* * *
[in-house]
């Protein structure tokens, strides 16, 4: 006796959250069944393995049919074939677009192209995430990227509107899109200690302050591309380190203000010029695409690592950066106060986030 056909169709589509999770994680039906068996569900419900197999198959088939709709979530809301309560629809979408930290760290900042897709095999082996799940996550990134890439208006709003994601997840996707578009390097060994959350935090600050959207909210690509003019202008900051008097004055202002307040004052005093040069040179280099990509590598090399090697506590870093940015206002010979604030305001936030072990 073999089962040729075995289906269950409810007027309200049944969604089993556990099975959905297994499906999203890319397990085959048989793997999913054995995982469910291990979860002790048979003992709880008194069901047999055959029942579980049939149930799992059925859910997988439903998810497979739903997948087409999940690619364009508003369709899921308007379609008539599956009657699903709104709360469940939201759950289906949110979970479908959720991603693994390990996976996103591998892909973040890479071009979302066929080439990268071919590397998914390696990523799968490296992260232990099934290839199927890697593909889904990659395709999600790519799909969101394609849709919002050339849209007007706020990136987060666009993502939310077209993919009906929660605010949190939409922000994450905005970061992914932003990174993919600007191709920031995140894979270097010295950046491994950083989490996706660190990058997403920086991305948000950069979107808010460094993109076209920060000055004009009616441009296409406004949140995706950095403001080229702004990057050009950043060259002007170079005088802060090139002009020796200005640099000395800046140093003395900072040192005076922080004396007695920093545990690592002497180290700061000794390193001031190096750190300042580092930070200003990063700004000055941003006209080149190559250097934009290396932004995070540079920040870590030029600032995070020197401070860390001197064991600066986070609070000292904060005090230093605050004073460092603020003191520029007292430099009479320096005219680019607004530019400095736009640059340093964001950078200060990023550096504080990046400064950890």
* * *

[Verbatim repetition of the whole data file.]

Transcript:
[in-house]
């Protein structure tokens, strides 16, 4: 006796959250069944393995049919074939677009192209995430990227509107899109200690302050591309380190203000010029695409690592950066106060986030 056909169709589509999770994680039906068996569900419900197999198959088939709709979530809301309560629809979408930290760290900042897709095999082996799940996550990134890439208006709003994601997840996707578009390097060994959350935090600050959207909210690509003019202008900051008097004055202002307040004052005093040069040179280099990509590598090399090697506590870093940015206002010979604030305001936030072990 073999089962040729075995289906269950409810007027309200049944969604089993556990099975959905297994499906999203890319397990085959048989793997999913054995995982469910291990979860002790048979003992709880008194069901047999055959029942579980049939149930799992059925859910997988439903998810497979739903997948087409999940690619364009508003369709899921308007379609008539599956009657699903709104709360469940939201759950289906949110979970479908959720991603693994390990996976996103591998892909973040890479071009979302066929080439990268071919590397998914390696990523799968490296992260232990099934290839199927890697593909889904990659395709999600790519799909969101394609849709919002050339849209007007706020990136987060666009993502939310077209993919009906929660605010949190939409922000994450905005970061992914932003990174993919600007191709920031995140894979270097010295950046491994950083989490996706660190990058997403920086991305948000950069979107808010460094993109076209920060000055004009009616441009296409406004949140995706950095403001080229702004990057050009950043060259002007170079005088802060090139002009020796200005640099000395800046140093003395900072040192005076922080004396007695920093545990690592002497180290700061000794390193001031190096750190300042580092930070200003990063700004000055941003006209080149190559250097934009290396932004995070540079920040870590030029600032995070020197401070860390001197064991600066986070609070000292904060005090230093605050004073460092603020003191520029007292430099009479320096005219680019607004530019400095736009640059340093964001950078200060990023550096504080990046400064950890």